The world of journalism and politics are in mourning for the death of Toni Batllori this morning, and especially this newspaper, which is orphaned by its lucid and scathing gaze on current events.
The graphic humorist and multidisciplinary artist has died at the age of 71, a few hours after delivering his daily strip, which he had published in the Politics section of La Vanguardia since 1994.
The news of his death has impacted both colleagues and readers of this newspaper, of which it was one of its most illustrious and beloved firms, as well as many of the protagonists of its Ninots, characters who have marked the political scene for the last thirty years. .
Since the news broke, the networks have been filled with condolences from journalists, politicians and readers.
The President of the Government, Pedro Sánchez, has valued the "humor and shrewd look at current affairs" of his cartoons, which he admits he will miss.
"Struck by the death of Toni Batllori, who during the last decades has lucidly and critically portrayed the current situation in our country with his cartoons", highlighted the President of the Generalitat, Pere Aragonès.
Also the president of the PSC, Salvador Illa, has transferred his condolences to family and colleagues.
From Brussels, the former president of the Generalitat and MEP Carles Puigdemont, describes Batllori's work as "brilliant" and relates it to that of another great Catalan cartoonist, Francesc Vila, better known as Cesc.
Jordi Turull, president of JuntsXCat, points out that "The news touched the heart and the nerve with irony and humor without being offensive to anyone".
The director of La Vanguardia, Jordi Juan, highlights the human side of the cartoonist. Batllori's personal friend and teammate for years, he has described him as "charming, smart, intelligent and a very good person", in statements to RAC1.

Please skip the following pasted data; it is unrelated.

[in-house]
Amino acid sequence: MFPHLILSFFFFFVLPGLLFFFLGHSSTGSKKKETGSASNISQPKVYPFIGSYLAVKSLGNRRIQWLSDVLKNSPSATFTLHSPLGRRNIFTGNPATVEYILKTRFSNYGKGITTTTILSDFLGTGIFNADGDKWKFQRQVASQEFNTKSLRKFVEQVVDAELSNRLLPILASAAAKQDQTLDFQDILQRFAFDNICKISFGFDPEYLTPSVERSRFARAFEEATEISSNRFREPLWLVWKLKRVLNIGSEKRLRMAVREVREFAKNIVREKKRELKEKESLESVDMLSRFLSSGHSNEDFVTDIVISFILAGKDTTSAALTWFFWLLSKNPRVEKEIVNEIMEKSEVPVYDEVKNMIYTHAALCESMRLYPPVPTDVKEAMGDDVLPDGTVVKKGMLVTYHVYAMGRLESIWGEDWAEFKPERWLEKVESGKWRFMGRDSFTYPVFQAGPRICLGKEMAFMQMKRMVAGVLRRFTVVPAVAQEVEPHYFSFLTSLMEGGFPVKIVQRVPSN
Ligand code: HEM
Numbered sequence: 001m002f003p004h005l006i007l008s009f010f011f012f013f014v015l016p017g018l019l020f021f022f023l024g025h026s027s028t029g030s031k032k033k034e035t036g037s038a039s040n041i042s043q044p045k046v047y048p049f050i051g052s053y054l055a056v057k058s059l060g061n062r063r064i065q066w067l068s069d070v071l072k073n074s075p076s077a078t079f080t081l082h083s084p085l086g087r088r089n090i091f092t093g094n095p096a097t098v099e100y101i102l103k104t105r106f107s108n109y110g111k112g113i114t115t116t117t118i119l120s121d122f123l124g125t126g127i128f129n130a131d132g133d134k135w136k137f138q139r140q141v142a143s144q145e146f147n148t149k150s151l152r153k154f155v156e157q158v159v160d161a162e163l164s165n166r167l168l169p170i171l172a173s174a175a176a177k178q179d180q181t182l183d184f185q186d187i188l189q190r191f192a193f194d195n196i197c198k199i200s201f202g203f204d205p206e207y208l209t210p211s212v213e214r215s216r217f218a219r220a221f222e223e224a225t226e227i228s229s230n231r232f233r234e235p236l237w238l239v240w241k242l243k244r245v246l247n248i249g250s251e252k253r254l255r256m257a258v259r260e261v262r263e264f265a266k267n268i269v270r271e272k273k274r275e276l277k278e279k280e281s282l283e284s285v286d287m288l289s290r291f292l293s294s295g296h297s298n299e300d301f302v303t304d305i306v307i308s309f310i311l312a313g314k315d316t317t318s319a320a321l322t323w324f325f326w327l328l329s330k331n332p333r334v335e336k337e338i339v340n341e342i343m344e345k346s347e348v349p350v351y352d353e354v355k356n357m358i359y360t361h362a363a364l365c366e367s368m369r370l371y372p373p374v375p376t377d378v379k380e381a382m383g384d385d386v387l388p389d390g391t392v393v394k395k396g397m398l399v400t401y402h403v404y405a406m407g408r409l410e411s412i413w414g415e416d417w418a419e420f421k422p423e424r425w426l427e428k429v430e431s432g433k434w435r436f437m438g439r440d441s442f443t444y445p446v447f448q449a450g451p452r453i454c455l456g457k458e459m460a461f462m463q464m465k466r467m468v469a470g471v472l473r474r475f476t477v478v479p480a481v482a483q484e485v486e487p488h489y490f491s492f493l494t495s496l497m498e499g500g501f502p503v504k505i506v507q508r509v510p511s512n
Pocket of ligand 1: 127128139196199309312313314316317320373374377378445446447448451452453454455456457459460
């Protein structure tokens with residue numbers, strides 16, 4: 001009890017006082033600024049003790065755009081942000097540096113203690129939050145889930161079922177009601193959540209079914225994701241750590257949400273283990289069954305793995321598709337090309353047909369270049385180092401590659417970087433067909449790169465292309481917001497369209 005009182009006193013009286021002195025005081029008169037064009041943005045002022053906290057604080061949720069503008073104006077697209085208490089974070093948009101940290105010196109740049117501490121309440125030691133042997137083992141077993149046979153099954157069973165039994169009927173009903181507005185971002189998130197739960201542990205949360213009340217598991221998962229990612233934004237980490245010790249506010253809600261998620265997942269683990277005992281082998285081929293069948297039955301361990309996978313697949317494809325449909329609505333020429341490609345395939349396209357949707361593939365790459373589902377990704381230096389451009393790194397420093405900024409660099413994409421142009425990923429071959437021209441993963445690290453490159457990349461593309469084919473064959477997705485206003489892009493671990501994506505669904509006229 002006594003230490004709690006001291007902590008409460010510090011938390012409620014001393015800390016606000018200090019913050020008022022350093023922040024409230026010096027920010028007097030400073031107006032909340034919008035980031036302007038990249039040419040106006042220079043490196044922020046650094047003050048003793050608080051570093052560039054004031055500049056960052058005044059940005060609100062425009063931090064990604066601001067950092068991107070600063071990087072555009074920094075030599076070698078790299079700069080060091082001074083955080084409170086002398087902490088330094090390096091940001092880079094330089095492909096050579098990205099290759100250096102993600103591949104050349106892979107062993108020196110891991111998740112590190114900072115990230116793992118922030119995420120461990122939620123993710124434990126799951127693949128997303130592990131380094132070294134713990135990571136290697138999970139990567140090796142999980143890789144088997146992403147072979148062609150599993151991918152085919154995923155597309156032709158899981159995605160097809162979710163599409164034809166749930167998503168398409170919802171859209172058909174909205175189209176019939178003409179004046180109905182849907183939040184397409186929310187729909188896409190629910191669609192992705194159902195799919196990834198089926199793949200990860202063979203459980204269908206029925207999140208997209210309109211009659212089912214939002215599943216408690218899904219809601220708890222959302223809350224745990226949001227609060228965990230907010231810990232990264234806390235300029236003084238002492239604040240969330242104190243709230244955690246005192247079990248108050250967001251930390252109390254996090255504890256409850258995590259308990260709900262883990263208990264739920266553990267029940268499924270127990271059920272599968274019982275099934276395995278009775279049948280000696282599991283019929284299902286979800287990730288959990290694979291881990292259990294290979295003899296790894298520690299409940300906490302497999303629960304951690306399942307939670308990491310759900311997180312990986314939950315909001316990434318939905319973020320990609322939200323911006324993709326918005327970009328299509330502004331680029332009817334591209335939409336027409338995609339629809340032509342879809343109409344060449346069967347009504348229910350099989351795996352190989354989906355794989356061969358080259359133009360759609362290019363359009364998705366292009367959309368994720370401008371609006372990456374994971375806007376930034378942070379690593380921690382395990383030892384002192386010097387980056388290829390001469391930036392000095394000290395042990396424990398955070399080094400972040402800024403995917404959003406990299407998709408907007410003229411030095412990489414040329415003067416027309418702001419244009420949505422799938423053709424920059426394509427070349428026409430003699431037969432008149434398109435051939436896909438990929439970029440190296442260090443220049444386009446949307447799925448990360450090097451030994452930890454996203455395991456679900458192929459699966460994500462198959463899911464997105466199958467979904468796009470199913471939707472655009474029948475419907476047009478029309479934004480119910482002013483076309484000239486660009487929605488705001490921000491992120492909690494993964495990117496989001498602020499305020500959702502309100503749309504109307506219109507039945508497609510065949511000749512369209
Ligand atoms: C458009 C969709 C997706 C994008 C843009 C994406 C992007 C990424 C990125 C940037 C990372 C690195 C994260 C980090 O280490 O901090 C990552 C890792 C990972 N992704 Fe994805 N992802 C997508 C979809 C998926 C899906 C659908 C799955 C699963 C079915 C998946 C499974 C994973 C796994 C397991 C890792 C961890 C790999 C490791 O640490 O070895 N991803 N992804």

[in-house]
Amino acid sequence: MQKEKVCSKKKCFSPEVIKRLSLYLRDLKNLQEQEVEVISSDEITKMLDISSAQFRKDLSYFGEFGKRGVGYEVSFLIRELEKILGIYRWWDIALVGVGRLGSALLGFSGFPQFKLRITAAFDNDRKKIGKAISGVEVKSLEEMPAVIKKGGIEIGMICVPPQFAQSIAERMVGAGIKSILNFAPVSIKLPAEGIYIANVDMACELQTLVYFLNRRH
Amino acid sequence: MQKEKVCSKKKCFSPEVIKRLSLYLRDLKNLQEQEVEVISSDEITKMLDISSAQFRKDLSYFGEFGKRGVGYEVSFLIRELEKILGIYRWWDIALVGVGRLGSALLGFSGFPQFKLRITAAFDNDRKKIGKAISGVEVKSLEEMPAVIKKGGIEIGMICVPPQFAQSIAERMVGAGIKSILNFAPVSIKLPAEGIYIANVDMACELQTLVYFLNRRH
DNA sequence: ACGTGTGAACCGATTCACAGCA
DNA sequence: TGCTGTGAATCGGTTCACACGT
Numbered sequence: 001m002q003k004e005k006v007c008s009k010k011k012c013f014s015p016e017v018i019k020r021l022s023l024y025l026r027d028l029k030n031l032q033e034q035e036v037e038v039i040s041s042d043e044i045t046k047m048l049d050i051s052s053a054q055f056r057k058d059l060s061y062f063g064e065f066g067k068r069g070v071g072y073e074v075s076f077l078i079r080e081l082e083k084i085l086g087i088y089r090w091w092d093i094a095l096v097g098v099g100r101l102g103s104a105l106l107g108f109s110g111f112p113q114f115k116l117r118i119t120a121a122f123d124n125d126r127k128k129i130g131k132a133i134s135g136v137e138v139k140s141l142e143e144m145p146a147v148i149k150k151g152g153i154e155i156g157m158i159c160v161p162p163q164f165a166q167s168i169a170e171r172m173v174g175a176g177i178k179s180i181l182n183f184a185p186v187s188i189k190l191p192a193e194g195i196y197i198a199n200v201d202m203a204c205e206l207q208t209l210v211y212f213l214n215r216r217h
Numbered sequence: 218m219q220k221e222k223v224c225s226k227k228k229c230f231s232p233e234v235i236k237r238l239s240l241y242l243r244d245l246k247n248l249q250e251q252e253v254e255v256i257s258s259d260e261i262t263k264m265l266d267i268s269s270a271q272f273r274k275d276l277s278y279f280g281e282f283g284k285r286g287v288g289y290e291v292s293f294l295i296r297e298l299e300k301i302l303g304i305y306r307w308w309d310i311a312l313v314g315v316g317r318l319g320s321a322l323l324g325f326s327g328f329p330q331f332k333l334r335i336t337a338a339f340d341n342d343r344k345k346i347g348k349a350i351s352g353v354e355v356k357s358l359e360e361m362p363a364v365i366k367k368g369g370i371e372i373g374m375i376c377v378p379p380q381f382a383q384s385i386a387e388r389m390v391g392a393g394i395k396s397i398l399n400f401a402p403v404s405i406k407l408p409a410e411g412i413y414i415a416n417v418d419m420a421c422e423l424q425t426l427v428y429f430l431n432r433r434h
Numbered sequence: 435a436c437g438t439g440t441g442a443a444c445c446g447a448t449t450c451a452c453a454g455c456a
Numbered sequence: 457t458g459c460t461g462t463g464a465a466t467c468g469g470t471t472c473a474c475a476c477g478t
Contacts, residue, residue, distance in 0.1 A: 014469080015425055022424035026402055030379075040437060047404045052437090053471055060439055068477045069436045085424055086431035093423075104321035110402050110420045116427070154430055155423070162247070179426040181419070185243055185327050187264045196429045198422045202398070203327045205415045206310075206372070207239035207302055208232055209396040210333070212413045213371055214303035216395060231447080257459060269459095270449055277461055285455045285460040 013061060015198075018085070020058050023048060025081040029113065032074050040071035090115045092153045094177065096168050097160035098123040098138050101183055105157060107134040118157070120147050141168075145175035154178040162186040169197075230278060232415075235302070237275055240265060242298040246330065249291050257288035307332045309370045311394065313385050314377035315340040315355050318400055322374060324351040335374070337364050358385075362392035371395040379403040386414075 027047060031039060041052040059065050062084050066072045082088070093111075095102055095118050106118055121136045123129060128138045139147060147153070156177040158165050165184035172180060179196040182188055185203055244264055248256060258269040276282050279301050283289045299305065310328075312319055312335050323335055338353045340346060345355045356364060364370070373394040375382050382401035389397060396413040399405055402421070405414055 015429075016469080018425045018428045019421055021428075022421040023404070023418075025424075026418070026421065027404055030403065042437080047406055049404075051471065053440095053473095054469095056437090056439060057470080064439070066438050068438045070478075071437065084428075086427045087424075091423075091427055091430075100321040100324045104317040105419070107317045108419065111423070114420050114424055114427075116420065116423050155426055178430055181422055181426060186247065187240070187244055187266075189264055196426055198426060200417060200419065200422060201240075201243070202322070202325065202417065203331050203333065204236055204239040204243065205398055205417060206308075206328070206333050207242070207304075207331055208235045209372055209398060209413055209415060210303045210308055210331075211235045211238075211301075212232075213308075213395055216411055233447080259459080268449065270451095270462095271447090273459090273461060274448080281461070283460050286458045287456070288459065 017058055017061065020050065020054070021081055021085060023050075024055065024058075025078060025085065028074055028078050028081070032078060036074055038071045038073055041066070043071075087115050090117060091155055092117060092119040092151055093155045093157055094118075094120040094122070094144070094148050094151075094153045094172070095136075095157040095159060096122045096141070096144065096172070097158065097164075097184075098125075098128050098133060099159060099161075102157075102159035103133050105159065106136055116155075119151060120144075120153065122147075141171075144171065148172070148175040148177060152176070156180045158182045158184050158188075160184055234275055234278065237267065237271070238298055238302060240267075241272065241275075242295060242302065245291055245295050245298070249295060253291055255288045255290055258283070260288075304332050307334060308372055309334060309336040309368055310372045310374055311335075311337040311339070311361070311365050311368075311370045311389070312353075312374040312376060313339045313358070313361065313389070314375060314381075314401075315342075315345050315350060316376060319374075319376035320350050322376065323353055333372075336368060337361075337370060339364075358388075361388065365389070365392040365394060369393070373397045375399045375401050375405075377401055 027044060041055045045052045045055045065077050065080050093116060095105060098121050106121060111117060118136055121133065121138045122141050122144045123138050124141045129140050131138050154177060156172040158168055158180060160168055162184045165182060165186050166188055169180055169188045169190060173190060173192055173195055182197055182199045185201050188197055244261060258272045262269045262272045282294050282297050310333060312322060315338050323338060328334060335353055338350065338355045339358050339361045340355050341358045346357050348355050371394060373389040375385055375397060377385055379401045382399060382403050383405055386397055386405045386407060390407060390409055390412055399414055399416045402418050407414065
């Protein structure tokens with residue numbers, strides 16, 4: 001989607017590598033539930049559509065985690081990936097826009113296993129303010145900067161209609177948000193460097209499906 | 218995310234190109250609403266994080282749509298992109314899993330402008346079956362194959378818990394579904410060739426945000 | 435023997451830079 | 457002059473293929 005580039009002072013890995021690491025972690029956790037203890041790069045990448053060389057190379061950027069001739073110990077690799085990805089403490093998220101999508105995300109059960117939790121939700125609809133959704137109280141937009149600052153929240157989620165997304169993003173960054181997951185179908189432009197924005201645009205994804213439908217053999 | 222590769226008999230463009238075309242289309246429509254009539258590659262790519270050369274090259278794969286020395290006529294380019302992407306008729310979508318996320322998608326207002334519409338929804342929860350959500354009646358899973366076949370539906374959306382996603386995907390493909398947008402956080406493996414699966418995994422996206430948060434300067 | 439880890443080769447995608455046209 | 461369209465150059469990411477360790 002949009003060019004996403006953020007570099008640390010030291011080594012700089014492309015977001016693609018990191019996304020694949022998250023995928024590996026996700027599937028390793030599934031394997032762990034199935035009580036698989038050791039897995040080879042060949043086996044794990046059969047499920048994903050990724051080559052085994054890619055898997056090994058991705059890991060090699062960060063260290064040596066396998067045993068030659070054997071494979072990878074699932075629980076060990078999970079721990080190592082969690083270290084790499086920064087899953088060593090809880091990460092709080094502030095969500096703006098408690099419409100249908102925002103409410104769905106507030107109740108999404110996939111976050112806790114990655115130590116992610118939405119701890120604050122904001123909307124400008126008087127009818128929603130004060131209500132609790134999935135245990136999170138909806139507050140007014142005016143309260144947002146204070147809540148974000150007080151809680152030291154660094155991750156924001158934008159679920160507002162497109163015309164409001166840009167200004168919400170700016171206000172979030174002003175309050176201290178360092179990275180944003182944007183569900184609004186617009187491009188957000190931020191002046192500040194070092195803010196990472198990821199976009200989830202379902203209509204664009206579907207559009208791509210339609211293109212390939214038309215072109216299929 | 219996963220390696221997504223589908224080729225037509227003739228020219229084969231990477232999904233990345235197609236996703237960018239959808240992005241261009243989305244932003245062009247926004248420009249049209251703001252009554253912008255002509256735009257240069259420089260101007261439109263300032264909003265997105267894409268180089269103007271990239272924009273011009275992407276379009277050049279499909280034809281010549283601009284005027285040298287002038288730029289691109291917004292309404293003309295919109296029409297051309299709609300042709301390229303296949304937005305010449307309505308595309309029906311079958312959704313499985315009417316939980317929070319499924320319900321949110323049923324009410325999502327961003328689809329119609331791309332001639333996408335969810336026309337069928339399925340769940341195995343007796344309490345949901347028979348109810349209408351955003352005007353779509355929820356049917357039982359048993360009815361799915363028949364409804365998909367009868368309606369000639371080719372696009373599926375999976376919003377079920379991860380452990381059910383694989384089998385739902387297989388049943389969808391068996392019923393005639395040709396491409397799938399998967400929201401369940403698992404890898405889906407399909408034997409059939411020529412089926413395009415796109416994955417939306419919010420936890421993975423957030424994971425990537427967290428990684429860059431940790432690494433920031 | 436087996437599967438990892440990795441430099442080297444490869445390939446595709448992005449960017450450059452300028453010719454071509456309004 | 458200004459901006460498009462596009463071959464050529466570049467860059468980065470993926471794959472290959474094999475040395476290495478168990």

Jordi Juan explained that Batllori went to the newspaper at night to do his daily strip. "They didn't tell him the issues. He would sit in the political newsroom and listen to the conversations, discussions... to later make him understand very well. It was a daily editorial."
Jordi Juan has also highlighted that he was an artist in every way. He not only drew, he also liked to make sculpture. "Toni was an artist. He really liked sculpture. In fact, there is a square in Barcelona that has a sculpture that he made. He really liked working with his hands, hitting stone. He had very strong hands."
"From Toni I keep his laughs, his good humor. He was always making jokes. He was a light in this job where we go quickly and running after the news. He was not like that. You talked to him, you commented on politics. He had a lot of knowledge. He interpreted journalistic reality very well with his comic strips. The independence process has been portrayed with some extraordinary strips," he explained.
Journalists and political analysts were among its most loyal readers, such as Jordi Basté and Toni Aira. They, like many other communication professionals, have also wanted to say goodbye and pay tribute to him.
The institutions also lament the loss of Batllori.
Tireless worker and generous person, he collaborated with magazines and university publications.
Espai Subirachs remembers that among the many facets of this artist was that of sculpture and publishes a photo of his work 'Malip' (2015) (Monument to the lost illusions). A bonsai branch turned into a 4 meter block of granite, which can be seen in the square formed by Diagonal, Rambla del Poblenou and Calle Bolívia, in Barcelona.
Toni Batllori was active and continued doing what he knew how to do best until the end. Proof of this are the Christmas greeting that he drew for the Teià Town Hall, the municipality where he lived, and the strip that today, as every day for three decades, opens the Politics section of La Vanguardia.